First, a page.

If we continue to read Paul's words he goes on to say he will boast on behalf of this man (without details) but he will not boast in himself except in his weakness. For Paul, it is not foolish to boast about truthful things but it is not good to boast if these boastings of truthful things bring about people thinking too highly of himself. He wants to guard against being conceited. It is here that Paul speaks of a messenger of Satan that was sent to harass him and keep him from becoming conceited. He pleads with God three times for this "thorn" to leave him but God says "My grace is sufficient for you, for my power is made perfect in weakness."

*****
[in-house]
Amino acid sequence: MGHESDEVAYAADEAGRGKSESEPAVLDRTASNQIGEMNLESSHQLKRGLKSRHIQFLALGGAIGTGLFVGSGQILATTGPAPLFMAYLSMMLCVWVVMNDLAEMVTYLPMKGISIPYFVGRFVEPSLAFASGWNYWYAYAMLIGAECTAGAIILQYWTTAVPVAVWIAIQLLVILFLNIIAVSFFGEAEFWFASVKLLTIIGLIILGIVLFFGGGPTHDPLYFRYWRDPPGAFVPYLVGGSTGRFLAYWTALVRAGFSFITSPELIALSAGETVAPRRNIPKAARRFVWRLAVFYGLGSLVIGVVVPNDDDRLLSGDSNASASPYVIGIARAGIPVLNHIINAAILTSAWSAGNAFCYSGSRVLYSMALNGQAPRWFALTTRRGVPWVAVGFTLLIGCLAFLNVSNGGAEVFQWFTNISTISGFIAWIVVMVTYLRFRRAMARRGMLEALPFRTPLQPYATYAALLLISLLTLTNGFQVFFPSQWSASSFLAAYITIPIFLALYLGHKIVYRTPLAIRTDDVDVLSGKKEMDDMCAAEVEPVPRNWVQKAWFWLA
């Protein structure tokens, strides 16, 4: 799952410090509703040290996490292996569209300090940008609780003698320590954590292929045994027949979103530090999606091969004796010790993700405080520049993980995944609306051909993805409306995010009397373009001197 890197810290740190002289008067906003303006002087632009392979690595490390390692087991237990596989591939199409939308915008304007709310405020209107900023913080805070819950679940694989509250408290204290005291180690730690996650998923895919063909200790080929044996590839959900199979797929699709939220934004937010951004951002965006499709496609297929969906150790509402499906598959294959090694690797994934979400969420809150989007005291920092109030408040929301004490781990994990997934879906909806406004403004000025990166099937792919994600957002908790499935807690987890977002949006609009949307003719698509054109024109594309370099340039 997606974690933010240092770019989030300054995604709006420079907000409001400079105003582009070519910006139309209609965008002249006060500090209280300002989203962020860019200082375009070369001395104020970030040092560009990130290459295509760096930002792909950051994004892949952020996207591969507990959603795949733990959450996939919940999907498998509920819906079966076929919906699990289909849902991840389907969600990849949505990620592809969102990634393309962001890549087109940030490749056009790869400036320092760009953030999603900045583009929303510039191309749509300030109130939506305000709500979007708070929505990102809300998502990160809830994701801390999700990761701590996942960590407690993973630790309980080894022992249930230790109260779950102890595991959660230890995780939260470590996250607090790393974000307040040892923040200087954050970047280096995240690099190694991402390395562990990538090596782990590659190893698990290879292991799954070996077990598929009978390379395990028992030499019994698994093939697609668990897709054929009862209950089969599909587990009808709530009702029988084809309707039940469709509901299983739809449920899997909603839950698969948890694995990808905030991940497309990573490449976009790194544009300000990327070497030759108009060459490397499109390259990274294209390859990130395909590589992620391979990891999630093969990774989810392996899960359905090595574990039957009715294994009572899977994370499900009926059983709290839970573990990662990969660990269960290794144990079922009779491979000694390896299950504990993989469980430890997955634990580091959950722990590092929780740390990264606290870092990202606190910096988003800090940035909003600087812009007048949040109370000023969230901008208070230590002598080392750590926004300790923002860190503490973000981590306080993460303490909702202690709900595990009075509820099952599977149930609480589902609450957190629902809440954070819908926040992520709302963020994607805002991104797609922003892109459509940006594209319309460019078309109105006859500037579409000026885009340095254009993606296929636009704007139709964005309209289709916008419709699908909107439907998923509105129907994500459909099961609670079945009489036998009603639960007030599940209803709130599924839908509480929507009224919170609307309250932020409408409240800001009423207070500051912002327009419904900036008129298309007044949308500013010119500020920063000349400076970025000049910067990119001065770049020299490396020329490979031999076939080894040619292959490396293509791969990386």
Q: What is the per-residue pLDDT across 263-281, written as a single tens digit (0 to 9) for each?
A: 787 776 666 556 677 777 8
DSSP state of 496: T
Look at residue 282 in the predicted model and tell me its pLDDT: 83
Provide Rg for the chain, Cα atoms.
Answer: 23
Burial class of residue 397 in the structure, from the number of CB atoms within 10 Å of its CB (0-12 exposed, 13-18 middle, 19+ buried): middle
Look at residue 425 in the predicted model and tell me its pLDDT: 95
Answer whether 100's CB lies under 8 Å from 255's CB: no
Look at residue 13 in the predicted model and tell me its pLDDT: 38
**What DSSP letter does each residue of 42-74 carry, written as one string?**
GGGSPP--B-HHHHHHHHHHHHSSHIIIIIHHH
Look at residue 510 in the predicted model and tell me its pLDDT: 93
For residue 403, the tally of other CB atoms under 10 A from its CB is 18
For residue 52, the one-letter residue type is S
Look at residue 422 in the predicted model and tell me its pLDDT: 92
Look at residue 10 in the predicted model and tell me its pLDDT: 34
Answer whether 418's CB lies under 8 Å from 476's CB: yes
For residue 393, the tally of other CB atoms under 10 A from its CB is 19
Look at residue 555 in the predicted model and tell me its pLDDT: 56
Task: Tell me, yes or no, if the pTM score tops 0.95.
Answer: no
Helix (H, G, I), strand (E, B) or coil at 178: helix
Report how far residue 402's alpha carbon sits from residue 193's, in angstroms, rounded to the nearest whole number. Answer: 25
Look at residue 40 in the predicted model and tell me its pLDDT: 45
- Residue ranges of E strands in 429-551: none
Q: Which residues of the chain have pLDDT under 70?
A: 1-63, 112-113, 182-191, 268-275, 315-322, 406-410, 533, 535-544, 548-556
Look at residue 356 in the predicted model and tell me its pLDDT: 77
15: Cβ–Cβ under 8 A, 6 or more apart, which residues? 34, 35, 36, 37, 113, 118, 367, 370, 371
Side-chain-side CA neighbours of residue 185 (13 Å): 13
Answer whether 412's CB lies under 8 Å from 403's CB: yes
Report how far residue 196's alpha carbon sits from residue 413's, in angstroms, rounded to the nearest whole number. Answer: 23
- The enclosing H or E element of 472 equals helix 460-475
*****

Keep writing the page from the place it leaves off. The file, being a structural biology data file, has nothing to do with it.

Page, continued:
For this reason, Paul is "content in weakness, insults, hardships, persecutions, and calamities." This is where Paul concludes his meditation. He leaves behind the talk of experiencing heaven and focuses on the hardship. That seems like poor marketing for the kingdom of heaven but it's what Paul does. The Apostle spends far more time in his letters speaking of weakness and sufferings that have come his way as a result of being faithful to Jesus than writing of the awesome, miraculous, heavenly type experiences. Does he affirm these good things? Absolutely! Does he preach the Good News and fill his letters with the greatest beauty in creation? Of course! However, in this passage and in his letters we see that Paul is wary of the stories that bring fame, conceit, and power. He would rather share about suffering. Prophets over profits.